Teaching Foundational Faith Elements
Catechesis is an old-sounding word, but basically, we can think of it as training discipleship. When we catechize someone, we are instructing them, oftentimes, in the foundational, fundamental elements of our faith—and we're doing so in a very deliberate way.
We think of catechisms, which have a certain rhythm to them, as question and answer. I belong to a confessional tradition, so I believe in catechisms with all my heart. They are simply a way to formally teach people through a question-and-answer format, whether it's the Westminster Shorter Catechism, or the Heidelberg Catechism, or whatever your tradition might be.
But the Bible, of course, is the chief agent of catechesis. In the Bible, we don't have the question-and-answer format in the same way. But, we would all agree that it is more important that our kids are instructed by the one, inerrant Bible than by man-made documents—as great as they are. And that means we give kids the individual stories, but also help them to understand the big story that comes from Scripture.
We give kids the individual stories, but also help them to understand the big story that comes from Scripture.
There's value in just the discipline of simply reading chapter after chapter of Scripture. But we must also try to teach, explain, and retell these stories—as we try to do in this book, and as Don Clark does so amazingly well with the illustrations.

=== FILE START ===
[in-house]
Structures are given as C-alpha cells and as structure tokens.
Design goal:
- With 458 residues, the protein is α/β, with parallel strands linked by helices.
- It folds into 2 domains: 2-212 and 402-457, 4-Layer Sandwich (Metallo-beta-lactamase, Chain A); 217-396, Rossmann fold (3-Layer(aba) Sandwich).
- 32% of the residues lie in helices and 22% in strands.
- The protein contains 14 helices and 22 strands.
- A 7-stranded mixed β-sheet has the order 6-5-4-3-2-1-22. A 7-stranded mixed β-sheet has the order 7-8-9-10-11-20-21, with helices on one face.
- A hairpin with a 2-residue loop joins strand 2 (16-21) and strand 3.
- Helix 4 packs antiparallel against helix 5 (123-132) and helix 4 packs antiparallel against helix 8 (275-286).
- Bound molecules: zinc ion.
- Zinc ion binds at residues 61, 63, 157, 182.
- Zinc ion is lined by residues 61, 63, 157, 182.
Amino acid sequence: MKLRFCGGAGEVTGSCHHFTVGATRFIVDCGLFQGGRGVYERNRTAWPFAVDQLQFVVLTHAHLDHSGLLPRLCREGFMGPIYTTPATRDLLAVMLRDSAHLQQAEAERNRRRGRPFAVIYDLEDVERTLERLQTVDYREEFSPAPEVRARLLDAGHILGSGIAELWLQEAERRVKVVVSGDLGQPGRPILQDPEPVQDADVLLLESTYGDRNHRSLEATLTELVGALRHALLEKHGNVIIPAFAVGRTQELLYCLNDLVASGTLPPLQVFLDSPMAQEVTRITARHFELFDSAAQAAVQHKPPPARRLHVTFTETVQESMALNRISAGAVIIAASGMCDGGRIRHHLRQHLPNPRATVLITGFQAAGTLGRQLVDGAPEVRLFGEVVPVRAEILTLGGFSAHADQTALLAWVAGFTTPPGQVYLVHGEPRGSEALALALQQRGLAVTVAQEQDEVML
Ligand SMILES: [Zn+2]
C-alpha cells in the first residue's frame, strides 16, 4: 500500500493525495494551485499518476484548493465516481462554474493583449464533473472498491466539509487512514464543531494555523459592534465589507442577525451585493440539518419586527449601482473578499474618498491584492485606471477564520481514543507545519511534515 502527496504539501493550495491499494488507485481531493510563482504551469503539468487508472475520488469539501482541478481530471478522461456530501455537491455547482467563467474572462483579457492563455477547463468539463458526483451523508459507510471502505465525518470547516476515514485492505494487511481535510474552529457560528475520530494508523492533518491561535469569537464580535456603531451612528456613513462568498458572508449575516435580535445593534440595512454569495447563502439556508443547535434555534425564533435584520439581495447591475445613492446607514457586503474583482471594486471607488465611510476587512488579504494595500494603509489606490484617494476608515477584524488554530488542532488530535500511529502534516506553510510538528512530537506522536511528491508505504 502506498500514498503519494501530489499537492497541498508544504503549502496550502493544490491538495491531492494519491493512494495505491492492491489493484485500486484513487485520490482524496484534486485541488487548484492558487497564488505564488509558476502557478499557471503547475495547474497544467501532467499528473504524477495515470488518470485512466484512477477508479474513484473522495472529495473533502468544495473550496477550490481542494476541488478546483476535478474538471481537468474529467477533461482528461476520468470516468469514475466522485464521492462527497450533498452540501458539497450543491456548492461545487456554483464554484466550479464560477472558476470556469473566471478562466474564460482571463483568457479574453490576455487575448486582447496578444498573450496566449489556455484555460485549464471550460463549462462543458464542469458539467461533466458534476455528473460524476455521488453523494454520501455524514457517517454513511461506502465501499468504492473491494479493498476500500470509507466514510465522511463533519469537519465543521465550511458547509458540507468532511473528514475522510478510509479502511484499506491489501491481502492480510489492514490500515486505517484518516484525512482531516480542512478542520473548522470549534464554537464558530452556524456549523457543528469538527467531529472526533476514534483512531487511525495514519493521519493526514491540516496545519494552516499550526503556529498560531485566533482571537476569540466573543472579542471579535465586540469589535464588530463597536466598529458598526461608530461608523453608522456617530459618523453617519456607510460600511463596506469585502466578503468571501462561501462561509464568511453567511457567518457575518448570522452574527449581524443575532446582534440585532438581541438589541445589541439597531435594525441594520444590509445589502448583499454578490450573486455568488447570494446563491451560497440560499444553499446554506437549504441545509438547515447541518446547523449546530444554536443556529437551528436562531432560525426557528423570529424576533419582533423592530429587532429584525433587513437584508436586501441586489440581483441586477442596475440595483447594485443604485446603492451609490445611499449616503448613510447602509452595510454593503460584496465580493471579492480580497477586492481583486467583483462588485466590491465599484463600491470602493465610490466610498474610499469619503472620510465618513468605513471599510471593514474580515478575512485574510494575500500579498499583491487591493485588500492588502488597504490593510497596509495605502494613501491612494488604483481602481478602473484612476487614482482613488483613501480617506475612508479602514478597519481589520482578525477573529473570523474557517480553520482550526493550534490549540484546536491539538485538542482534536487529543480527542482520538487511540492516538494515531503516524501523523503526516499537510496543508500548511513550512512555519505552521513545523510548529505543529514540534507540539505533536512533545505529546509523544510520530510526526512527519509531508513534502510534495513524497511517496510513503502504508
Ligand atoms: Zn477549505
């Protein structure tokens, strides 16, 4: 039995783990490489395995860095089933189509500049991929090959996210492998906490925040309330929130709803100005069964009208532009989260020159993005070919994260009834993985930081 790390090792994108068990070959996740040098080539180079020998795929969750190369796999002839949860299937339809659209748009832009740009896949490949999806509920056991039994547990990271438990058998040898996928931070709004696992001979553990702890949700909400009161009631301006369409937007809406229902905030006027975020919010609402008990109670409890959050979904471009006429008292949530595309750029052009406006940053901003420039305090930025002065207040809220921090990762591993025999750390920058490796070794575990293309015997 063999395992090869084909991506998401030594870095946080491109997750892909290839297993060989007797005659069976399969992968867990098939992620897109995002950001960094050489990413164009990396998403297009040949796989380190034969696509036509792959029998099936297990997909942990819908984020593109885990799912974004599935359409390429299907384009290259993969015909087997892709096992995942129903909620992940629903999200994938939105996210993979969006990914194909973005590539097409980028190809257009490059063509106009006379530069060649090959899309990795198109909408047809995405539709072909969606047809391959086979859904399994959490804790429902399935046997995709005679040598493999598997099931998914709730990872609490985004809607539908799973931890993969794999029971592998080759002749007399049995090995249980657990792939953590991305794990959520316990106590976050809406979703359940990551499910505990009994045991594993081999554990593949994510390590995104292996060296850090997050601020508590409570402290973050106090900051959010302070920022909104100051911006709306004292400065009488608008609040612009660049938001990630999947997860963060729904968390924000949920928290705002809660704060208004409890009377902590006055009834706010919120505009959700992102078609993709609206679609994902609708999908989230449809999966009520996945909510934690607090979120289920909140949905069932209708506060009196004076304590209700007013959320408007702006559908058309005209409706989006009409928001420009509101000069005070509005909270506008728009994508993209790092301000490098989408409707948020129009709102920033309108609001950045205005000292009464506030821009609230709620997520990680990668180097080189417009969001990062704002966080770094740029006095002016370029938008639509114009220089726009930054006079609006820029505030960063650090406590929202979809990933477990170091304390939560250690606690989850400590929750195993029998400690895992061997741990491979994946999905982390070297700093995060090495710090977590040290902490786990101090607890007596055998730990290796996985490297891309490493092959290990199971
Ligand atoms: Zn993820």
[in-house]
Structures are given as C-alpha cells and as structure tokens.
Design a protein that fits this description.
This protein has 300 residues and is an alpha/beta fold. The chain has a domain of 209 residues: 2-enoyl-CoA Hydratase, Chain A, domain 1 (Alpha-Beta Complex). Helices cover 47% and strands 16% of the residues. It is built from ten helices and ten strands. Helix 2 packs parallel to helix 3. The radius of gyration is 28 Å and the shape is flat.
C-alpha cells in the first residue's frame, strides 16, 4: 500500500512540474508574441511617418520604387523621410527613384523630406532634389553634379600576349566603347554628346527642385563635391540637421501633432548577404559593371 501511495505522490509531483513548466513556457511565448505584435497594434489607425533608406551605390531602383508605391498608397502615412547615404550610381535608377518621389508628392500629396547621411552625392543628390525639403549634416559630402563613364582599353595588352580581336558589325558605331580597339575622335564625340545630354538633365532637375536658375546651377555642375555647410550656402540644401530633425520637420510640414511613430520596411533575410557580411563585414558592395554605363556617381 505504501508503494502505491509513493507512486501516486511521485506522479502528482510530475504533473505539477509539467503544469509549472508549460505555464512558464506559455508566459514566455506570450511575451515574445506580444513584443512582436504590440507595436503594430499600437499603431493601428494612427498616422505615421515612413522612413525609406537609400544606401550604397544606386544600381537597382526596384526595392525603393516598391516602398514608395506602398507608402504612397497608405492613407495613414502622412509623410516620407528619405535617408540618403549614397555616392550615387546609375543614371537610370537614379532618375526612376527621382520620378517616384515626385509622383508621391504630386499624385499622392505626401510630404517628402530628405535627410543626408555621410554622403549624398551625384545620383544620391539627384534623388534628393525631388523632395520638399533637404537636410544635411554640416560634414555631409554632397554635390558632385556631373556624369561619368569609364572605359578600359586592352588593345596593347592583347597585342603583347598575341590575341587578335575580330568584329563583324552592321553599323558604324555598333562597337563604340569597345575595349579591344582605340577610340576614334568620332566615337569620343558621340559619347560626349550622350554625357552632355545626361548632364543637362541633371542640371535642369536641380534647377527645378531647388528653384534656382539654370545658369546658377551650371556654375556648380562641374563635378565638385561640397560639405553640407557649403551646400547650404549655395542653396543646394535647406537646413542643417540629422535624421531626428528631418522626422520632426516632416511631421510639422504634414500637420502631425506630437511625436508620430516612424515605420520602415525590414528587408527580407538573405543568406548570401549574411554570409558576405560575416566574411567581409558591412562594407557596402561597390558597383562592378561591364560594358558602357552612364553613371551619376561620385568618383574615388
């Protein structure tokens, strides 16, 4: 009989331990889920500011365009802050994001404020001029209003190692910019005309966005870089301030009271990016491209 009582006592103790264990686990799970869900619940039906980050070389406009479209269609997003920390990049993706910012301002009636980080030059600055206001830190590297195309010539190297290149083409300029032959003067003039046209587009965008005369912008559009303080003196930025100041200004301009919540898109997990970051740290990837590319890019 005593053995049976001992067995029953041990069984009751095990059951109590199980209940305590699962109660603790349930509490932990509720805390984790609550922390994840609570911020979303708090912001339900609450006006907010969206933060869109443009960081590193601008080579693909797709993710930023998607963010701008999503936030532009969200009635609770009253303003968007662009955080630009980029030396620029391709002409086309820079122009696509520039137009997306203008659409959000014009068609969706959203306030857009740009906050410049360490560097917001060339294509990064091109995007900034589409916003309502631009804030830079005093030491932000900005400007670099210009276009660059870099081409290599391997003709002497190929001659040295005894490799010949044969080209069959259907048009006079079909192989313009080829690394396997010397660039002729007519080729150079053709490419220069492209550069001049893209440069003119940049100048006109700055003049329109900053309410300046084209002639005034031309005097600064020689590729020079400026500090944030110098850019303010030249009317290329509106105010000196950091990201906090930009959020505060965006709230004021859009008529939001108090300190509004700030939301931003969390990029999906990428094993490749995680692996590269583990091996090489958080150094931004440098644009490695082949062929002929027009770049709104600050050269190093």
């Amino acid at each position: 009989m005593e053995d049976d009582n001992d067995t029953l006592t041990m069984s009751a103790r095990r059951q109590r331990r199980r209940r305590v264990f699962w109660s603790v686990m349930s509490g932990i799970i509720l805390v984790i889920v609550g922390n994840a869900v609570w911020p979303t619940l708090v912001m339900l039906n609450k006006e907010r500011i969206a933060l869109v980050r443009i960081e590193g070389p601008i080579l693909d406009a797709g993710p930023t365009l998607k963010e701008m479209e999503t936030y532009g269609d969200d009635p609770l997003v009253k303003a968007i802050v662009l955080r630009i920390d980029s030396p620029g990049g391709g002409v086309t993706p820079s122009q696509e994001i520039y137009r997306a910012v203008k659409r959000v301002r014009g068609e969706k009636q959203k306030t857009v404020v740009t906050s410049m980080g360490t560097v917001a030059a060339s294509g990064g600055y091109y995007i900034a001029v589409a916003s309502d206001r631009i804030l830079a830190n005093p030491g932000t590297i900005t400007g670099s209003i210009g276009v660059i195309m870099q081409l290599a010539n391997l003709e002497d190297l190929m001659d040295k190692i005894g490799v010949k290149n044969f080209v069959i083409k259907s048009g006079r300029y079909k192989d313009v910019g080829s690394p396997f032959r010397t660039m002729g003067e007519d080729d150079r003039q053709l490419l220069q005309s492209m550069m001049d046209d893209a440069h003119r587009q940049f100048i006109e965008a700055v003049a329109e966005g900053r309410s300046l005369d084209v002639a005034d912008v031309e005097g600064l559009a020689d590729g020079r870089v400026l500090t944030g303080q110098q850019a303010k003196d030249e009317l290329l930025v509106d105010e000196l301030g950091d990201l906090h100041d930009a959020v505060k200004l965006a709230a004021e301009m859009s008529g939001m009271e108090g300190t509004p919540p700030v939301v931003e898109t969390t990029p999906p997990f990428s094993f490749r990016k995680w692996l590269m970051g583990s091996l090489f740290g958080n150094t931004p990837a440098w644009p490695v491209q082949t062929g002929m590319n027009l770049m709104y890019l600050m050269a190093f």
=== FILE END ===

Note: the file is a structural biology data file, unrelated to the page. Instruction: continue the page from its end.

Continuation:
We're trying to help children understand not just the facts of the stories as they happened, but also What do they mean? How do they fit together? How do they apply to us? What are the lessons? How do they point to Christ? How do they tell us about sin and our need for a savior?
All of this is a way of catechizing our children in how to think about themselves, the world, and our Lord Jesus Christ.
Kevin DeYoung is the author of The Biggest Story Bible Storybook.
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Kevin DeYoung talks about how Christians (parents and non-parents alike) can help children to trust Jesus, embrace the Bible, and love others—even those with whom we disagree.
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